1. Before reading Trapped Under the Sea, had you ever heard of the Boston Harbor clean-up? Were you surprised by Swidey’s description of the harbor before the clean-up?
2. One of the book’s greatest strengths is how well we get to know not only the five divers who took on the toughest assignment of pulling the plugs, but also many of the other key players, from sewer agency boss Doug MacDonald to construction manager Dave Corkum to diving company owners Tap Taylor and Roger Rouleau. With whom did you identify? Whose story surprised you the most?
3. Were you surprised by what you learned about the subculture of commercial divers and the difficulty of their work?
4. Although the beginning of the book is dominated by men, it’s actually two women – detective Mary McCauley and safety director Joan Parker – who play the largest roles after the accident in trying to figure out what went wrong. Is it a coincidence? Or are women somehow better suited to these roles?
5. Given the strikingly different personalities of McCauley and Parker, were you surprised at how closely they bonded? Were you inspired by their tenacity in trying to push for accountability and justice?
6. The “Hail Mary Pass” mission – at the end of the long, expensive Boston Harbor Cleanup Project – proposed to send five commercial divers to the end of a ten-mile tunnel without electricity, light, oxygen or transportation, hundreds of feet below the harbor, and with equipment that had barely been tested and wasn’t recommended for human use. What do you make of the fact that so many seemingly smart people – at levels high and low – signed off on such a risky mission?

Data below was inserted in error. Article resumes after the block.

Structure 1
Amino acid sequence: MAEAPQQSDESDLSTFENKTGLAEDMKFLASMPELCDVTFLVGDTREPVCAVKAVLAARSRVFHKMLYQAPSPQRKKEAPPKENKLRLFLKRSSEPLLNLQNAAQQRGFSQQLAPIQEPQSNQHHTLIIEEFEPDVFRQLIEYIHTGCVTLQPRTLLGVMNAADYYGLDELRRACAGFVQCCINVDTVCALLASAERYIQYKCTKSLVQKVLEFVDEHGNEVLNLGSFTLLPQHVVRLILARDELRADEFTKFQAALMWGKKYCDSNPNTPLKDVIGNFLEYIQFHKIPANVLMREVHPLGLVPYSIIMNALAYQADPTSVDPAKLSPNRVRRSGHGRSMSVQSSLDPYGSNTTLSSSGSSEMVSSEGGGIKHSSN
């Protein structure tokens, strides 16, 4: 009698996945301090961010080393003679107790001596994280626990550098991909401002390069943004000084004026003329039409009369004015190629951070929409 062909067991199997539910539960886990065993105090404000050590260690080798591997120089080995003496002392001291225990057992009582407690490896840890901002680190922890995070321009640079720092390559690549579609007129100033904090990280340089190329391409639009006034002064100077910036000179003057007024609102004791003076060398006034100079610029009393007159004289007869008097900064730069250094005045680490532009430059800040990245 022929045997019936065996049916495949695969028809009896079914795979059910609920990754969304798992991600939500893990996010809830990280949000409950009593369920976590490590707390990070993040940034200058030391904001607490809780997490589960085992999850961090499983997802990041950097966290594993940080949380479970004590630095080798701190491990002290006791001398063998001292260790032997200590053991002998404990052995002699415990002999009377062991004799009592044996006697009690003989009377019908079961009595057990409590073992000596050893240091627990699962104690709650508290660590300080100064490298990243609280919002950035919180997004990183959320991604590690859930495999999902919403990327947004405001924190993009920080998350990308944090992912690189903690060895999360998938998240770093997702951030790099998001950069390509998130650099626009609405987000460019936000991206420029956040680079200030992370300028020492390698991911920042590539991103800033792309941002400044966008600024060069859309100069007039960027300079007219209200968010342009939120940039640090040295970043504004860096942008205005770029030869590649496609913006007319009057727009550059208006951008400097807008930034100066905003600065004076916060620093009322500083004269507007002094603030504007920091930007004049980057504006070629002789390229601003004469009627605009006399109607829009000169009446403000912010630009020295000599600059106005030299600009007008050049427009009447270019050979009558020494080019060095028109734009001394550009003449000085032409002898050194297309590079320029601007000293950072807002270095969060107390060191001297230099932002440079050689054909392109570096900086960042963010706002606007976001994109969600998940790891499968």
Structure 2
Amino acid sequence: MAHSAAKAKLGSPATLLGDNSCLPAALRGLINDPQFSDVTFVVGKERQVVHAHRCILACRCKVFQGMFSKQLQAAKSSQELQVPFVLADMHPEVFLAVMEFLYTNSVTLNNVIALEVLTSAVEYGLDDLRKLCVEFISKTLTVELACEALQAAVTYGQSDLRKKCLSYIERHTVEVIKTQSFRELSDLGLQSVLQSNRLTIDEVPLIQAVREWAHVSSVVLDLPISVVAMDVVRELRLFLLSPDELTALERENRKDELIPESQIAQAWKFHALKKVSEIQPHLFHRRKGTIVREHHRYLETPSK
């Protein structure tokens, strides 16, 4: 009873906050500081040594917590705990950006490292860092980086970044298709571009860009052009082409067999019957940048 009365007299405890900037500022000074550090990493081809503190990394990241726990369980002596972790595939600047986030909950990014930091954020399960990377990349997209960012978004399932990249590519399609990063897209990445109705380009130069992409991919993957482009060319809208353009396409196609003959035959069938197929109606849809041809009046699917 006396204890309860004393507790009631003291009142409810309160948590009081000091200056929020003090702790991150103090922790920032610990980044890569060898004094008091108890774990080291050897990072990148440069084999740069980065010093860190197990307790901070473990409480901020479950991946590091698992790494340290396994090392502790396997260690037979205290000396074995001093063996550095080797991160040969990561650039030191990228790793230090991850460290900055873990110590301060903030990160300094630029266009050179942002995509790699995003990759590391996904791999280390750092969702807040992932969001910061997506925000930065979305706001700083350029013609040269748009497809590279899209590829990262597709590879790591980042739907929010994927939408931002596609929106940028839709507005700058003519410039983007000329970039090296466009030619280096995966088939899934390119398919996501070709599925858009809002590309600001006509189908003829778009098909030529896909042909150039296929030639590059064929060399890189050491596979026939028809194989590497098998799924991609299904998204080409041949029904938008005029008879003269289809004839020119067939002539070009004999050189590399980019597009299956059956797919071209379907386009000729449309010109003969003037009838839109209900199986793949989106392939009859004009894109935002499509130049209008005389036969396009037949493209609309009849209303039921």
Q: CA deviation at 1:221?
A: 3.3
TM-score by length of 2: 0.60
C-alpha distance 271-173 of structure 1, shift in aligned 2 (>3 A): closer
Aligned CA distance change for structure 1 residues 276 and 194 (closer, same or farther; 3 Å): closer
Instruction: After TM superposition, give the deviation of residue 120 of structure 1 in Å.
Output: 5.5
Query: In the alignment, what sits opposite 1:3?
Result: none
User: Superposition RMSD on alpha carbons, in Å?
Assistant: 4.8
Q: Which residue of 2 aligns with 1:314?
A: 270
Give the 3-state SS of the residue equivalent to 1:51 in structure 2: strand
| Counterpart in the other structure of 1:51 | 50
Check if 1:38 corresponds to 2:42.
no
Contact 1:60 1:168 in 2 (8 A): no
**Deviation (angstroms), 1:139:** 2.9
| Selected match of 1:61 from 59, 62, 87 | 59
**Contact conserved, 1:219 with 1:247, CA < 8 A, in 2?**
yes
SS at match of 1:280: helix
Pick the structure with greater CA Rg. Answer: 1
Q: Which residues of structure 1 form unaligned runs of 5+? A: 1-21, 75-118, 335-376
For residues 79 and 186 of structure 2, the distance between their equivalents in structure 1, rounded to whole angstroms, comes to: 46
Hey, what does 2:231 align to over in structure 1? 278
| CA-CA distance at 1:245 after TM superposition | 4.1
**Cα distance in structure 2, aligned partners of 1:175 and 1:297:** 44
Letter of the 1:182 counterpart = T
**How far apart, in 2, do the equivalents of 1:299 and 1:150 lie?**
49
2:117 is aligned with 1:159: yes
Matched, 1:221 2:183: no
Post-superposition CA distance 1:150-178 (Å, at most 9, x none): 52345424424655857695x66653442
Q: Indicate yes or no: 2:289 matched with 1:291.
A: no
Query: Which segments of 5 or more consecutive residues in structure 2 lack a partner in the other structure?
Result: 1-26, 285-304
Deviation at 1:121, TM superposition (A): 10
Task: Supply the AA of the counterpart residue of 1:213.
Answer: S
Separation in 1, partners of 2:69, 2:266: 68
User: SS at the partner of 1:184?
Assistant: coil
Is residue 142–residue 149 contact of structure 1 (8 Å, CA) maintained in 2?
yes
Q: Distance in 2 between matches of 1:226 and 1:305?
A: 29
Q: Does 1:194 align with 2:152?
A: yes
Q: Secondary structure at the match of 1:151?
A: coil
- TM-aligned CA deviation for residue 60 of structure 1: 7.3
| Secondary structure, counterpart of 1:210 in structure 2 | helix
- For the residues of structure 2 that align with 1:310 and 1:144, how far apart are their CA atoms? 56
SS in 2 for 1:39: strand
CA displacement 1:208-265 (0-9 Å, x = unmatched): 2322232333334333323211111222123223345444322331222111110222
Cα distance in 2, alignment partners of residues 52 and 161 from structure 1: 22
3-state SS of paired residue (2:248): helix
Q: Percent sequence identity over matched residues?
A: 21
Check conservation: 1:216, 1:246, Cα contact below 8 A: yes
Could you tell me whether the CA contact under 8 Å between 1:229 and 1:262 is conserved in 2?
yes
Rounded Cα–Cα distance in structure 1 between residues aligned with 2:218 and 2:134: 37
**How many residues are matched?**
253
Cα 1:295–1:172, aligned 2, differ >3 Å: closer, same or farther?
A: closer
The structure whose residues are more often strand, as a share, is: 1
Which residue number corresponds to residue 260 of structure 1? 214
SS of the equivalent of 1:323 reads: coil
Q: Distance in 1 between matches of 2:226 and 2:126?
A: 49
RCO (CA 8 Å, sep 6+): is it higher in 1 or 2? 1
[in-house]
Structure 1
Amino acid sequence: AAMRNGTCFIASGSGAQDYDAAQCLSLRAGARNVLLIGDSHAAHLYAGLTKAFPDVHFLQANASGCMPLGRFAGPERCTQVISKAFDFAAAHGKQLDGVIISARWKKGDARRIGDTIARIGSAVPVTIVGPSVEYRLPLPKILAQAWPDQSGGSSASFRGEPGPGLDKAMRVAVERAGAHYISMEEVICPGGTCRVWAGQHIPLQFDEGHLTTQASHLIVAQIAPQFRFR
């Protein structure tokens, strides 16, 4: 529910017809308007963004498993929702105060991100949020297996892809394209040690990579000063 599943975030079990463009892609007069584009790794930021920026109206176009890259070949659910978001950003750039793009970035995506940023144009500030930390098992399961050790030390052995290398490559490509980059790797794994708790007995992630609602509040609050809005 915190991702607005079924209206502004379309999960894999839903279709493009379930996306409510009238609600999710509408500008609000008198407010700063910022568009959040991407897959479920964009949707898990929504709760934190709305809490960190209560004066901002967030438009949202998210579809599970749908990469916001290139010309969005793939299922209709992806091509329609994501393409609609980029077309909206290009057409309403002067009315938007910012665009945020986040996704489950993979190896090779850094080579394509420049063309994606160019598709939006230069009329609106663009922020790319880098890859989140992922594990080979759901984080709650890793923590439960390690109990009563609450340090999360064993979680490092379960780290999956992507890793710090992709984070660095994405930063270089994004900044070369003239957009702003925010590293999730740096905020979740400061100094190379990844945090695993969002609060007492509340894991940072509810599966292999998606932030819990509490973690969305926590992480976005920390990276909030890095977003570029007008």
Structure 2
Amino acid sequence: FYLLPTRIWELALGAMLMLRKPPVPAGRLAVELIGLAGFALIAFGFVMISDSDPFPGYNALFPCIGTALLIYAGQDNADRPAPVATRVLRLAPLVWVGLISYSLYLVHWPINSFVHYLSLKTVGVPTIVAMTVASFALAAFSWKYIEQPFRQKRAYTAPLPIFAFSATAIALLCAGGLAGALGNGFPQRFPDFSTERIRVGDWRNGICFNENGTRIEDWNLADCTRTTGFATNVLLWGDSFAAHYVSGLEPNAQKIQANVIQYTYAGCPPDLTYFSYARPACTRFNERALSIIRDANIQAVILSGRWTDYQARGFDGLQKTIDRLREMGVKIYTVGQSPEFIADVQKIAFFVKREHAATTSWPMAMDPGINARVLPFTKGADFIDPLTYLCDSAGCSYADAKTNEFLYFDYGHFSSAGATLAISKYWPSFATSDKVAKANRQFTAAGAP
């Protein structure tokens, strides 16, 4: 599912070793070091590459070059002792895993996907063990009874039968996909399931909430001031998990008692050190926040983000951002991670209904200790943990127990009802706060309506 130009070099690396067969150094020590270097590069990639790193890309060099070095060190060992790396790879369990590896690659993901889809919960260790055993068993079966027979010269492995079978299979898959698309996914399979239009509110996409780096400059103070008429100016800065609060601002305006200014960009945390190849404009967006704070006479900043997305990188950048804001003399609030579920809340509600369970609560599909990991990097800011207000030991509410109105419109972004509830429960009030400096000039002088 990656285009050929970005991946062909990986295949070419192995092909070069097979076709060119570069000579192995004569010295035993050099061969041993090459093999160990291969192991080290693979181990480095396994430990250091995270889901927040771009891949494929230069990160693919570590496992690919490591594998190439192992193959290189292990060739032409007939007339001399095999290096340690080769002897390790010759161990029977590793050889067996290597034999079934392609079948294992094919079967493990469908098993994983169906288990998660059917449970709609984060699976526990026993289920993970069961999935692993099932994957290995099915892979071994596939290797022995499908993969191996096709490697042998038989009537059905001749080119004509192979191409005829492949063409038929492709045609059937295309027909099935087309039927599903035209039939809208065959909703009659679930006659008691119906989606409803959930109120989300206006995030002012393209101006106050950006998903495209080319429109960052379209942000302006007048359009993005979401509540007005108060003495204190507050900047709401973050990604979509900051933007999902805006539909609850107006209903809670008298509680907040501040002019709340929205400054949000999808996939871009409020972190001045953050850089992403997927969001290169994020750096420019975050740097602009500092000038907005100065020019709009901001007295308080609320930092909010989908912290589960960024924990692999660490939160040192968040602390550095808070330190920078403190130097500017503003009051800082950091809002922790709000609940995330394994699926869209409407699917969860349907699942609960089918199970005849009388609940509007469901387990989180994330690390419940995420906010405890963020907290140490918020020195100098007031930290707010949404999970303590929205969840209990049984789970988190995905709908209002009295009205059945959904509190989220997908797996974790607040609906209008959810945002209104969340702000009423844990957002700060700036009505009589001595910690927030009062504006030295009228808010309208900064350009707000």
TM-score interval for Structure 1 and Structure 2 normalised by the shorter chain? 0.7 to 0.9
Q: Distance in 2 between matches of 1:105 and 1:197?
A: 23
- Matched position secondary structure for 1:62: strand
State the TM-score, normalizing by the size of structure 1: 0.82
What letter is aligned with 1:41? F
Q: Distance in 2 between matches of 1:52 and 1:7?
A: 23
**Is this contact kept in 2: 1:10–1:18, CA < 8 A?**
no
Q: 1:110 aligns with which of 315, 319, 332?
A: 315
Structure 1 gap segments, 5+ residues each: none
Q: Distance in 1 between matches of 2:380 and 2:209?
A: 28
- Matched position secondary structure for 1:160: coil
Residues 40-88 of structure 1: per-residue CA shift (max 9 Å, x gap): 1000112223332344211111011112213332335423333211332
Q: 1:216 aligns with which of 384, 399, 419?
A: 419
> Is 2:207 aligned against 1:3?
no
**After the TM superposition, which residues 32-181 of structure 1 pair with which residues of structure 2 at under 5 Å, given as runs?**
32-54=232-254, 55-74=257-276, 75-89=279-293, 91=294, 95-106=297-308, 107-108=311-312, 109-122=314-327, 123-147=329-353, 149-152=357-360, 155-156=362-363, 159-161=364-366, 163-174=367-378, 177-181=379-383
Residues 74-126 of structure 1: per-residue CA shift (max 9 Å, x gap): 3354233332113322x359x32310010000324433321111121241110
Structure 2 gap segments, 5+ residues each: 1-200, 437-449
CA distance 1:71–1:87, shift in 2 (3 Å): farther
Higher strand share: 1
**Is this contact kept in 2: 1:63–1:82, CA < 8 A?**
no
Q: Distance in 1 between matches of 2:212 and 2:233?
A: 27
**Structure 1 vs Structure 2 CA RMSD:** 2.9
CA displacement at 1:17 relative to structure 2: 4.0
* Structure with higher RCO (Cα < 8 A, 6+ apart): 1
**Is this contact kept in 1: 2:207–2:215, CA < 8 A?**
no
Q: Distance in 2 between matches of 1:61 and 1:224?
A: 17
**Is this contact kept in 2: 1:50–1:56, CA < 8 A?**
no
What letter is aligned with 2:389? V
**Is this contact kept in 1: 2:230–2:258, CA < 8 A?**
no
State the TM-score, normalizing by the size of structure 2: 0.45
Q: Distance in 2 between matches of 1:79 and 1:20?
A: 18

7. The Deer Island tunnel was both an engineering marvel and the centerpiece of a multi-billion-dollar massive project that ultimately transformed Boston for the better. Given all the dollars and brain power that went into the project over a decade, why do you think there was there so much pressure to complete the final step – pulling out the plugs – quickly and on the cheap?
8. Even before disaster struck, it was clear to all involved that this was a risky mission. If you were a commercial diver asked to take on this assignment, how do you think you would have reacted? What if it was your spouse or partner who was asked to sign on? Why do you think Hoss, Billy, Tim, Riggs and DJ agreed to the job?
9. Many people hold Harald Grob accountable for \what went wrong in the Deer Island tunnel. Do you agree? Who else do you think shared responsibility for the disaster?
10. What lessons do you think can be learned from Trapped Under the Sea about worker safety, risk management, or organizational behavior for the other large-scale infrastructure projects that make the modern world around us possible?
11. This project attracted some of the best and brightest minds in engineering and construction from around the country. But this story shows that just because you bring top talent together to tackle a huge task doesn’t guarantee a good result. What steps do you think could have been taken early on to better manage the project and avoid the crisis that ultimately forced the five divers to have to risk their lives?
12. Another major focus of the book is non-combat PTSD. Like Hoss, did you initially think that PTSD applied only to veterans who had seen action on the battlefield? Have you ever known anybody who has suffered from it? Like DJ, were you surprised how paralyzing recurring nightmares could be for people who had suffered such searing trauma?
13. When something goes wrong with a large-scale undertaking, the natural impulse is to try to look for the single, giant mistake. Swidey points out, however, that it’s usually a series of small mistakes that align to create disaster, “when the holes in the Swiss cheese line up.” What do you see as the key, small mistakes and bad choices that led to this tragedy?
14. After reading the book, did you come away thinking that the Deer Island disaster could and should have been avoided? Or do you see it as the inevitable outcome of such an ambitious project?
15. Do you look at the infrastructure around us, and the largely anonymous workers who make it possible, any differently after reading this book?